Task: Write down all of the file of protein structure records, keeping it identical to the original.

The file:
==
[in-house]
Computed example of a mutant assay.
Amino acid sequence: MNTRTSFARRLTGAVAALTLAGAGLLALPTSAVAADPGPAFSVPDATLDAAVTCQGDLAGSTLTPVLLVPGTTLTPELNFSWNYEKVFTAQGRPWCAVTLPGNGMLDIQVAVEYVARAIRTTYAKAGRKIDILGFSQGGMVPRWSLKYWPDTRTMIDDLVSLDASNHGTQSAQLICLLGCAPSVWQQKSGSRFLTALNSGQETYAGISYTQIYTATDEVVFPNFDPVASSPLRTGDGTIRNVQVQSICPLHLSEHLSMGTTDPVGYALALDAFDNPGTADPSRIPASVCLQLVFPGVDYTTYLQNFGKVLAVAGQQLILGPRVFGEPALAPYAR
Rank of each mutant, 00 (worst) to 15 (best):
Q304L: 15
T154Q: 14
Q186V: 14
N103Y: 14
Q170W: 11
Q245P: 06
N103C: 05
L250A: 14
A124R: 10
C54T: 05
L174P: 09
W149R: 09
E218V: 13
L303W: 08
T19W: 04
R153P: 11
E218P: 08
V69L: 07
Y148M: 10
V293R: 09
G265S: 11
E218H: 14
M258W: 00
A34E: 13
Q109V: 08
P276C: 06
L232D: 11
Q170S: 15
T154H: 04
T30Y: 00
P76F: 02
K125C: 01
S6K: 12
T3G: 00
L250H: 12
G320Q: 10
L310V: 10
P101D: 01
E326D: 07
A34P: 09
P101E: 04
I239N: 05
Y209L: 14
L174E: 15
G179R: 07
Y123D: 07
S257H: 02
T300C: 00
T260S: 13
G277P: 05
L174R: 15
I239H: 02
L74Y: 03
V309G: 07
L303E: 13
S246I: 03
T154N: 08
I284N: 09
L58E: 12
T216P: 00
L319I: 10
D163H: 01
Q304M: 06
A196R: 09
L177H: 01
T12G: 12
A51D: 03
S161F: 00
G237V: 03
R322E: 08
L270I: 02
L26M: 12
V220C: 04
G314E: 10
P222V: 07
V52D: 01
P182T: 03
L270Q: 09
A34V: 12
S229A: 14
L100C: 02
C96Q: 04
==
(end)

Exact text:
[in-house]
Computed example of a mutant assay.
Amino acid sequence: MNTRTSFARRLTGAVAALTLAGAGLLALPTSAVAADPGPAFSVPDATLDAAVTCQGDLAGSTLTPVLLVPGTTLTPELNFSWNYEKVFTAQGRPWCAVTLPGNGMLDIQVAVEYVARAIRTTYAKAGRKIDILGFSQGGMVPRWSLKYWPDTRTMIDDLVSLDASNHGTQSAQLICLLGCAPSVWQQKSGSRFLTALNSGQETYAGISYTQIYTATDEVVFPNFDPVASSPLRTGDGTIRNVQVQSICPLHLSEHLSMGTTDPVGYALALDAFDNPGTADPSRIPASVCLQLVFPGVDYTTYLQNFGKVLAVAGQQLILGPRVFGEPALAPYAR
Rank of each mutant, 00 (worst) to 15 (best):
Q304L: 15
T154Q: 14
Q186V: 14
N103Y: 14
Q170W: 11
Q245P: 06
N103C: 05
L250A: 14
A124R: 10
C54T: 05
L174P: 09
W149R: 09
E218V: 13
L303W: 08
T19W: 04
R153P: 11
E218P: 08
V69L: 07
Y148M: 10
V293R: 09
G265S: 11
E218H: 14
M258W: 00
A34E: 13
Q109V: 08
P276C: 06
L232D: 11
Q170S: 15
T154H: 04
T30Y: 00
P76F: 02
K125C: 01
S6K: 12
T3G: 00
L250H: 12
G320Q: 10
L310V: 10
P101D: 01
E326D: 07
A34P: 09
P101E: 04
I239N: 05
Y209L: 14
L174E: 15
G179R: 07
Y123D: 07
S257H: 02
T300C: 00
T260S: 13
G277P: 05
L174R: 15
I239H: 02
L74Y: 03
V309G: 07
L303E: 13
S246I: 03
T154N: 08
I284N: 09
L58E: 12
T216P: 00
L319I: 10
D163H: 01
Q304M: 06
A196R: 09
L177H: 01
T12G: 12
A51D: 03
S161F: 00
G237V: 03
R322E: 08
L270I: 02
L26M: 12
V220C: 04
G314E: 10
P222V: 07
V52D: 01
P182T: 03
L270Q: 09
A34V: 12
S229A: 14
L100C: 02
C96Q: 04